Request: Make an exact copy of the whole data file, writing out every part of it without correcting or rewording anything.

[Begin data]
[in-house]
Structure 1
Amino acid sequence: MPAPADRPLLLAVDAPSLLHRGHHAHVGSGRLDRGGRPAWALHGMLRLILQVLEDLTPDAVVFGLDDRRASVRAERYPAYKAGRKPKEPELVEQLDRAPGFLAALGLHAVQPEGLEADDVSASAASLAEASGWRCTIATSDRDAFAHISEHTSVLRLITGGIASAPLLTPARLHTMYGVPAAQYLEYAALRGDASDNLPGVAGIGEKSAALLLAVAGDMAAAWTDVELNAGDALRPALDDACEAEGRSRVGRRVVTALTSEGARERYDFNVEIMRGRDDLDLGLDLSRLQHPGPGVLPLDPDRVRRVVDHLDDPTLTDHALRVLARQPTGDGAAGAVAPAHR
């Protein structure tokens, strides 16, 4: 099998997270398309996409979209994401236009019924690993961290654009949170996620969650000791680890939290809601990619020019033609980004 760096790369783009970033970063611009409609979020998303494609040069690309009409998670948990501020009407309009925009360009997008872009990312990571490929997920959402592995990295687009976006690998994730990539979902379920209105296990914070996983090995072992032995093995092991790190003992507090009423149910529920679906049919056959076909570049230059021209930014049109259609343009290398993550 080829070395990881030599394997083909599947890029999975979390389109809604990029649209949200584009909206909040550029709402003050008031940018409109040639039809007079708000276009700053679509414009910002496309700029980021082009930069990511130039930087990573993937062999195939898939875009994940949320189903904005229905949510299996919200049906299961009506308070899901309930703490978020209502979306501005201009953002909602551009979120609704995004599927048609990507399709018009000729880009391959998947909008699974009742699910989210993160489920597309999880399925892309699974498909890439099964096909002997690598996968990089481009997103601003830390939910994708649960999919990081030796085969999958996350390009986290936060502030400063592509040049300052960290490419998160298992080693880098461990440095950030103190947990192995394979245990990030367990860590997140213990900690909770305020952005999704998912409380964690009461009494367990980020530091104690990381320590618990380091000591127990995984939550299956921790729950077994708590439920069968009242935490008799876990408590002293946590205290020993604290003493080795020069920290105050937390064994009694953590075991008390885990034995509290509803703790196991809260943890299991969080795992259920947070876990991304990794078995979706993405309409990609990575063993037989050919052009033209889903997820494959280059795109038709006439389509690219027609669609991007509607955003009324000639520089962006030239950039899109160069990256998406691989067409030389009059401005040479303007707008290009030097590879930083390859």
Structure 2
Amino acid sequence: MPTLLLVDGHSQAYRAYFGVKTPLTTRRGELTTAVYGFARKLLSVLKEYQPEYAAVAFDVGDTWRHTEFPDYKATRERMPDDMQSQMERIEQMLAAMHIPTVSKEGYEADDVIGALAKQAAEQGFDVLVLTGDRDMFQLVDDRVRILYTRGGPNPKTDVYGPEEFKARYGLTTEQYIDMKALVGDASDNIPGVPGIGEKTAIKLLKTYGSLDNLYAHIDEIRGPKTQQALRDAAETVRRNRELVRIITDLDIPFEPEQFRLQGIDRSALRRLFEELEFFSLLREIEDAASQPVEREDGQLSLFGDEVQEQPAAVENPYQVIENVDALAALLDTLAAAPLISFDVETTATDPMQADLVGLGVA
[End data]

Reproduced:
[in-house]
Structure 1
Amino acid sequence: MPAPADRPLLLAVDAPSLLHRGHHAHVGSGRLDRGGRPAWALHGMLRLILQVLEDLTPDAVVFGLDDRRASVRAERYPAYKAGRKPKEPELVEQLDRAPGFLAALGLHAVQPEGLEADDVSASAASLAEASGWRCTIATSDRDAFAHISEHTSVLRLITGGIASAPLLTPARLHTMYGVPAAQYLEYAALRGDASDNLPGVAGIGEKSAALLLAVAGDMAAAWTDVELNAGDALRPALDDACEAEGRSRVGRRVVTALTSEGARERYDFNVEIMRGRDDLDLGLDLSRLQHPGPGVLPLDPDRVRRVVDHLDDPTLTDHALRVLARQPTGDGAAGAVAPAHR
């Protein structure tokens, strides 16, 4: 099998997270398309996409979209994401236009019924690993961290654009949170996620969650000791680890939290809601990619020019033609980004 760096790369783009970033970063611009409609979020998303494609040069690309009409998670948990501020009407309009925009360009997008872009990312990571490929997920959402592995990295687009976006690998994730990539979902379920209105296990914070996983090995072992032995093995092991790190003992507090009423149910529920679906049919056959076909570049230059021209930014049109259609343009290398993550 080829070395990881030599394997083909599947890029999975979390389109809604990029649209949200584009909206909040550029709402003050008031940018409109040639039809007079708000276009700053679509414009910002496309700029980021082009930069990511130039930087990573993937062999195939898939875009994940949320189903904005229905949510299996919200049906299961009506308070899901309930703490978020209502979306501005201009953002909602551009979120609704995004599927048609990507399709018009000729880009391959998947909008699974009742699910989210993160489920597309999880399925892309699974498909890439099964096909002997690598996968990089481009997103601003830390939910994708649960999919990081030796085969999958996350390009986290936060502030400063592509040049300052960290490419998160298992080693880098461990440095950030103190947990192995394979245990990030367990860590997140213990900690909770305020952005999704998912409380964690009461009494367990980020530091104690990381320590618990380091000591127990995984939550299956921790729950077994708590439920069968009242935490008799876990408590002293946590205290020993604290003493080795020069920290105050937390064994009694953590075991008390885990034995509290509803703790196991809260943890299991969080795992259920947070876990991304990794078995979706993405309409990609990575063993037989050919052009033209889903997820494959280059795109038709006439389509690219027609669609991007509607955003009324000639520089962006030239950039899109160069990256998406691989067409030389009059401005040479303007707008290009030097590879930083390859």
Structure 2
Amino acid sequence: MPTLLLVDGHSQAYRAYFGVKTPLTTRRGELTTAVYGFARKLLSVLKEYQPEYAAVAFDVGDTWRHTEFPDYKATRERMPDDMQSQMERIEQMLAAMHIPTVSKEGYEADDVIGALAKQAAEQGFDVLVLTGDRDMFQLVDDRVRILYTRGGPNPKTDVYGPEEFKARYGLTTEQYIDMKALVGDASDNIPGVPGIGEKTAIKLLKTYGSLDNLYAHIDEIRGPKTQQALRDAAETVRRNRELVRIITDLDIPFEPEQFRLQGIDRSALRRLFEELEFFSLLREIEDAASQPVEREDGQLSLFGDEVQEQPAAVENPYQVIENVDALAALLDTLAAAPLISFDVETTATDPMQADLVGLGVA